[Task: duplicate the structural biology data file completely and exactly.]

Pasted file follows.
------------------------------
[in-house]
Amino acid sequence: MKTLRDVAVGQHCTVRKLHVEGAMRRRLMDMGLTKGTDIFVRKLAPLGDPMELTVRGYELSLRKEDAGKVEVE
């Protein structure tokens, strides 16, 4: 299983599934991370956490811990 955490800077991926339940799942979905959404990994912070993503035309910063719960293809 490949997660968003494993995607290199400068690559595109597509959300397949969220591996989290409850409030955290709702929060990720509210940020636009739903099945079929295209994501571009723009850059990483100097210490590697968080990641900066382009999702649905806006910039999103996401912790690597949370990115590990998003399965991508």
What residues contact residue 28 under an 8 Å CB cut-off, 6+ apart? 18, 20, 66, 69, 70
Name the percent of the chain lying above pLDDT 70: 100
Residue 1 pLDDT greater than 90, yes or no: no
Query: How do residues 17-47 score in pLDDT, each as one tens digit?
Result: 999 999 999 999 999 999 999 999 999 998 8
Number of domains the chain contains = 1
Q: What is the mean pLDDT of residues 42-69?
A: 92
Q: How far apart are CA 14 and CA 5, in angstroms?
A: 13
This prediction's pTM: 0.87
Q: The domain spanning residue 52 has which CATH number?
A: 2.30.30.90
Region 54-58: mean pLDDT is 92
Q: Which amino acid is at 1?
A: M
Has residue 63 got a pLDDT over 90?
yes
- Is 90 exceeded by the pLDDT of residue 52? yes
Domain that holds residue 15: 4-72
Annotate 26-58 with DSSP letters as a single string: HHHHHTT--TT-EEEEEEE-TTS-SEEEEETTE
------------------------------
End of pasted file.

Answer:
[in-house]
Amino acid sequence: MKTLRDVAVGQHCTVRKLHVEGAMRRRLMDMGLTKGTDIFVRKLAPLGDPMELTVRGYELSLRKEDAGKVEVE
């Protein structure tokens, strides 16, 4: 299983599934991370956490811990 955490800077991926339940799942979905959404990994912070993503035309910063719960293809 490949997660968003494993995607290199400068690559595109597509959300397949969220591996989290409850409030955290709702929060990720509210940020636009739903099945079929295209994501571009723009850059990483100097210490590697968080990641900066382009999702649905806006910039999103996401912790690597949370990115590990998003399965991508």
What residues contact residue 28 under an 8 Å CB cut-off, 6+ apart? 18, 20, 66, 69, 70
Name the percent of the chain lying above pLDDT 70: 100
Residue 1 pLDDT greater than 90, yes or no: no
Query: How do residues 17-47 score in pLDDT, each as one tens digit?
Result: 999 999 999 999 999 999 999 999 999 998 8
Number of domains the chain contains = 1
Q: What is the mean pLDDT of residues 42-69?
A: 92
Q: How far apart are CA 14 and CA 5, in angstroms?
A: 13
This prediction's pTM: 0.87
Q: The domain spanning residue 52 has which CATH number?
A: 2.30.30.90
Region 54-58: mean pLDDT is 92
Q: Which amino acid is at 1?
A: M
Has residue 63 got a pLDDT over 90?
yes
- Is 90 exceeded by the pLDDT of residue 52? yes
Domain that holds residue 15: 4-72
Annotate 26-58 with DSSP letters as a single string: HHHHHTT--TT-EEEEEEE-TTS-SEEEEETTE